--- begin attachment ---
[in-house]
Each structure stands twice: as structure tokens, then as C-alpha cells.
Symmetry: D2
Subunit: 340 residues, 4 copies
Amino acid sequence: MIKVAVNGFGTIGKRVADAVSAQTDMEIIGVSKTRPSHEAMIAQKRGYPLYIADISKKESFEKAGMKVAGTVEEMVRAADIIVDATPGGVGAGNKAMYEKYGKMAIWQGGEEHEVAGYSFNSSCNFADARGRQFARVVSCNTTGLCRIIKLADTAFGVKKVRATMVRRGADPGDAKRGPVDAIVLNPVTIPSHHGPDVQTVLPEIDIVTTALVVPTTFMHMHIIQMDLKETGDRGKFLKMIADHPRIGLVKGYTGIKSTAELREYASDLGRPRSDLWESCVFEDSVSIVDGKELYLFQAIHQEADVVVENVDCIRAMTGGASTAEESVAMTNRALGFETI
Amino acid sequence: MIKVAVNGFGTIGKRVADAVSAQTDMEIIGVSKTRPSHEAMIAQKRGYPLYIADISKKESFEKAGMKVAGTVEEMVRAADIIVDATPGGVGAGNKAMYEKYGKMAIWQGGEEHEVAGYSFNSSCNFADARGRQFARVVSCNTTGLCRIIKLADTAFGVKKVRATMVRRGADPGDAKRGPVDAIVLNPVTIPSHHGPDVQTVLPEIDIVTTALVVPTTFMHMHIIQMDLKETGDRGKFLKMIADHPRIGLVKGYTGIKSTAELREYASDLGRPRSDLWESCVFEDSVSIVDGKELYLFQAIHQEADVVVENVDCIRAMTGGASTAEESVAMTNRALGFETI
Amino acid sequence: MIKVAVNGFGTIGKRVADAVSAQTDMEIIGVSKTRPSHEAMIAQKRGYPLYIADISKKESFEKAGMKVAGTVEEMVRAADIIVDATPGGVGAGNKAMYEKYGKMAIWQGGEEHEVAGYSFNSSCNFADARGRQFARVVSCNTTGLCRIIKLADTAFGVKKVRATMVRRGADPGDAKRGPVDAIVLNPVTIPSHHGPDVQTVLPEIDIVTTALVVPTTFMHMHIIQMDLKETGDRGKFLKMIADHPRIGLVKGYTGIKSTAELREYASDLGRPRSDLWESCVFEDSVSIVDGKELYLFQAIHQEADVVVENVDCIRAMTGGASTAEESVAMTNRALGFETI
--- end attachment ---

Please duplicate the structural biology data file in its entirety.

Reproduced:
[in-house]
Each structure stands twice: as structure tokens, then as C-alpha cells.
Symmetry: D2
Subunit: 340 residues, 4 copies
Amino acid sequence: MIKVAVNGFGTIGKRVADAVSAQTDMEIIGVSKTRPSHEAMIAQKRGYPLYIADISKKESFEKAGMKVAGTVEEMVRAADIIVDATPGGVGAGNKAMYEKYGKMAIWQGGEEHEVAGYSFNSSCNFADARGRQFARVVSCNTTGLCRIIKLADTAFGVKKVRATMVRRGADPGDAKRGPVDAIVLNPVTIPSHHGPDVQTVLPEIDIVTTALVVPTTFMHMHIIQMDLKETGDRGKFLKMIADHPRIGLVKGYTGIKSTAELREYASDLGRPRSDLWESCVFEDSVSIVDGKELYLFQAIHQEADVVVENVDCIRAMTGGASTAEESVAMTNRALGFETI
Amino acid sequence: MIKVAVNGFGTIGKRVADAVSAQTDMEIIGVSKTRPSHEAMIAQKRGYPLYIADISKKESFEKAGMKVAGTVEEMVRAADIIVDATPGGVGAGNKAMYEKYGKMAIWQGGEEHEVAGYSFNSSCNFADARGRQFARVVSCNTTGLCRIIKLADTAFGVKKVRATMVRRGADPGDAKRGPVDAIVLNPVTIPSHHGPDVQTVLPEIDIVTTALVVPTTFMHMHIIQMDLKETGDRGKFLKMIADHPRIGLVKGYTGIKSTAELREYASDLGRPRSDLWESCVFEDSVSIVDGKELYLFQAIHQEADVVVENVDCIRAMTGGASTAEESVAMTNRALGFETI
Amino acid sequence: MIKVAVNGFGTIGKRVADAVSAQTDMEIIGVSKTRPSHEAMIAQKRGYPLYIADISKKESFEKAGMKVAGTVEEMVRAADIIVDATPGGVGAGNKAMYEKYGKMAIWQGGEEHEVAGYSFNSSCNFADARGRQFARVVSCNTTGLCRIIKLADTAFGVKKVRATMVRRGADPGDAKRGPVDAIVLNPVTIPSHHGPDVQTVLPEIDIVTTALVVPTTFMHMHIIQMDLKETGDRGKFLKMIADHPRIGLVKGYTGIKSTAELREYASDLGRPRSDLWESCVFEDSVSIVDGKELYLFQAIHQEADVVVENVDCIRAMTGGASTAEESVAMTNRALGFETI